The value of bitcoin stabilized Thursday after a flash crash wiped nearly 9% from its value, a sign that investors are getting over the initial fear of regulatory encroachment on their tokens. Beginning at around 12:45 UTC, the BTC/USD began an epic decline that continued for 90 minutes until prices bottomed in the low $5,100 region. At its worst, bitcoin was down nearly 9% on the day. Prices would soon recover, and do so in a big way.
Former Federal Reserve Chair Ben Bernanke took a leaf out of Jamie Dimon’s playbook Monday by talking up the benefits of blockchain while damning cryptocurrency to failure. Ben Bernanke didn’t have nice things to say about bitcoin on Monday, and dismissed any notion that blockchain currency could rival government-controlled fiat money. “Bitcoin is an attempt to replace fiat currency and evade regulation and government intervention.
The world’s second-largest blockchain community is taking things steady ahead of Monday’s highly anticipated upgrade. At present, there is no indication that any market participant will reject the Byzantium upgrade once Ethereum hits block 4,370,000, which is scheduled to occur around 6:00 UTC. Ether prices rose by as much as 4% on Monday morning before paring gains later in the session. At press time, the ETH/USD is trading around $342.00, according to Bitfinex, for a market cap of $32.5 billion.
Muck Rack makes it simple to find people, tweets, or articles that mention any name, keyword, company, hashtag etc. We've compiled this guide to help you make the most of your search.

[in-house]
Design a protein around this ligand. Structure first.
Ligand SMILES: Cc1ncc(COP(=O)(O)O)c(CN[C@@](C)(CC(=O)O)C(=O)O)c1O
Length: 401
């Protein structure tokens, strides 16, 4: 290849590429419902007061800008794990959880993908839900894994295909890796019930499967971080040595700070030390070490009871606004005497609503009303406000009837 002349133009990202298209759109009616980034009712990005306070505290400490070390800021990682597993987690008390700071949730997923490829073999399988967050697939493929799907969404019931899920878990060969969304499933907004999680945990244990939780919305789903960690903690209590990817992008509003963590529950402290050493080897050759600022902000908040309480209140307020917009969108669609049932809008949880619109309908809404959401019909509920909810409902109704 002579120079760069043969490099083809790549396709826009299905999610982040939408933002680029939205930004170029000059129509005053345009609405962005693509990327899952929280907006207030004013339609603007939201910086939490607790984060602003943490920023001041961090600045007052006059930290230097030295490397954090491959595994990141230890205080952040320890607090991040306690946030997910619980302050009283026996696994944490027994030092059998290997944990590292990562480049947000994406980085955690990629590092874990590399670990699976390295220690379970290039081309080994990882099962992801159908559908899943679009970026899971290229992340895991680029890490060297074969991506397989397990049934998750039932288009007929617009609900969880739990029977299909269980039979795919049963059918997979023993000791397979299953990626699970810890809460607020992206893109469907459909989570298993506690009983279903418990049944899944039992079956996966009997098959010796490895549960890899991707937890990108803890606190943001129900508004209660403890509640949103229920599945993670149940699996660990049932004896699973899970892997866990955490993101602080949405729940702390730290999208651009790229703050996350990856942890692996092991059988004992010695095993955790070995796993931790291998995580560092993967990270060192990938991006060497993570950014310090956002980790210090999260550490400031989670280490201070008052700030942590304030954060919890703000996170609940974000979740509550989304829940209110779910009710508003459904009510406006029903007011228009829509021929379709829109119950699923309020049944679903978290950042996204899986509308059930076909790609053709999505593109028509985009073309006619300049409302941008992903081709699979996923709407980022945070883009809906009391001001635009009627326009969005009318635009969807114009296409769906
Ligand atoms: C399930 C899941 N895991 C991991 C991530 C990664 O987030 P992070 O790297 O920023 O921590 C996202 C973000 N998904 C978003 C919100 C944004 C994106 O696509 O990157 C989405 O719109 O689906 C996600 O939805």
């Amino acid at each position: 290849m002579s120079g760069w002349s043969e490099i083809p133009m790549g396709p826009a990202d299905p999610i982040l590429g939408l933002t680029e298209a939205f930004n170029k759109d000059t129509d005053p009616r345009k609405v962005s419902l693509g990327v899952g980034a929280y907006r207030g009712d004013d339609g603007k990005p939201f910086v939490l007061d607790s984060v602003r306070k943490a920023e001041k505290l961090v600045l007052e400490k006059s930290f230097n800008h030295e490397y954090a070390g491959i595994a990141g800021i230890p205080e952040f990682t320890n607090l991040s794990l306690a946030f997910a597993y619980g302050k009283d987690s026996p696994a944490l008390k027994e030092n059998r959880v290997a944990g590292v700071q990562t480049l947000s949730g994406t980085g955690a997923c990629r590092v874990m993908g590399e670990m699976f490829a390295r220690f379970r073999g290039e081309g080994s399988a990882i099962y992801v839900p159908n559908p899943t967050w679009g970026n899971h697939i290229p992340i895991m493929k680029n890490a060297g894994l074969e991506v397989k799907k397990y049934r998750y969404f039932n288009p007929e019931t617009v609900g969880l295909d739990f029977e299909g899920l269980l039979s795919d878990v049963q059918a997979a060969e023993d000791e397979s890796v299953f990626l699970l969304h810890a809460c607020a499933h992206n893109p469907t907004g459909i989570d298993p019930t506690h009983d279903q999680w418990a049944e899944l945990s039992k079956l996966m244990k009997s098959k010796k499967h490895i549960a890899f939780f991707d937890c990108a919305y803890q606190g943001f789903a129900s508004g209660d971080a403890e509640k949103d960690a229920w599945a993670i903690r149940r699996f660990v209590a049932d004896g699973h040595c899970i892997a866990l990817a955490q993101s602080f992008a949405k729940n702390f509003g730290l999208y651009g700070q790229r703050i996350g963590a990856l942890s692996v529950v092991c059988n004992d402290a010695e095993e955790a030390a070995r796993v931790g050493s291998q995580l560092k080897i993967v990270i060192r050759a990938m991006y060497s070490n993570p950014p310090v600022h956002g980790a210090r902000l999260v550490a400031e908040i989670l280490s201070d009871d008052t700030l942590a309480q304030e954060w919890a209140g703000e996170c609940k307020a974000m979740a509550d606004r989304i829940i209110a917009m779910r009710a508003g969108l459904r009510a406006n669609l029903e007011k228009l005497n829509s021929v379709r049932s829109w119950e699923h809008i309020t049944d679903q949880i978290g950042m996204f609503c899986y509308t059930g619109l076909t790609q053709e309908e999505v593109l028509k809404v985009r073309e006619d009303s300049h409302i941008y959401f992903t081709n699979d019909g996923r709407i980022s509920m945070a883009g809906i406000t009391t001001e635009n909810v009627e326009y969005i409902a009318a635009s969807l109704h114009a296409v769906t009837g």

Selecting a term
Start searching tweets, articles from media outlets, articles mentioned in tweets, journalists'
names, titles and bios with some suggested searches:
Companies or Topics (e.g. iPhone, Microsoft)
Phrases (e.g. "cloud computing") — use quotes to keep the terms together
Twitter handles (e.g. @username) — returns those who have mentioned or replied to
Names (e.g. "David Pogue")
Hashtags (e.g. #sxsw, #london2012)
Bio details (e.g. vegan, Olympics, father)
Muck Rack's Advanced Search allows for many boolean operators.
Find results that mention multiple specified terms, use AND or
+. For example, ensure each result contains both Elon Musk and Mark Zuckerberg by
searching Musk AND Zuckerberg or Musk + Zuckerberg.
Use the operators OR or , to broaden your search when you'd like either of
multiple terms to appear in results. (This is the default behavior of our search when no operators
are used). For example, results will contain either cake or cookie by searching cake OR cookie or cake,cookie
Use NOT or - to subtract results from your search. For
example, searching Disney will yield results about the Walt Disney Company as well as Walt Disney
World Resort. To exclude mentions of Disney World, search for Disney -World or Disney
When using one of these operators with a phrase, enclose it in quotation marks. For example, you can
find results about smartphones excluding Apple's iPhone 4S by searching smartphone -"iPhone
Exact case matching or punctuation
If you're searching for a brand name or keyword that relies on specific punctuation marks or capitalization, you can
find results that match your exact query by adding matchcase: before the keyword you're searching for, like matchcase:E*TRADE .
Use parentheses to separate multiple
boolean phrases. For example, to find journalists talking about having fun in Disney World or
Disneyland, search for ("disney world" OR disneyland) AND fun.
An asterisk can be used to search for any variation of a root word truncated by the asterisk. For example, searching for admin* will return results for administrator, administration, administer, administered, etc.
A near operator is an AND operator where you can control the distance between the words. You can vary the distance the near operation uses by adding a forward slash and number (between 0-99) such as strawberries NEAR/10 "whipped cream", which means the strawberries must exist within 10 words of "whipped cream".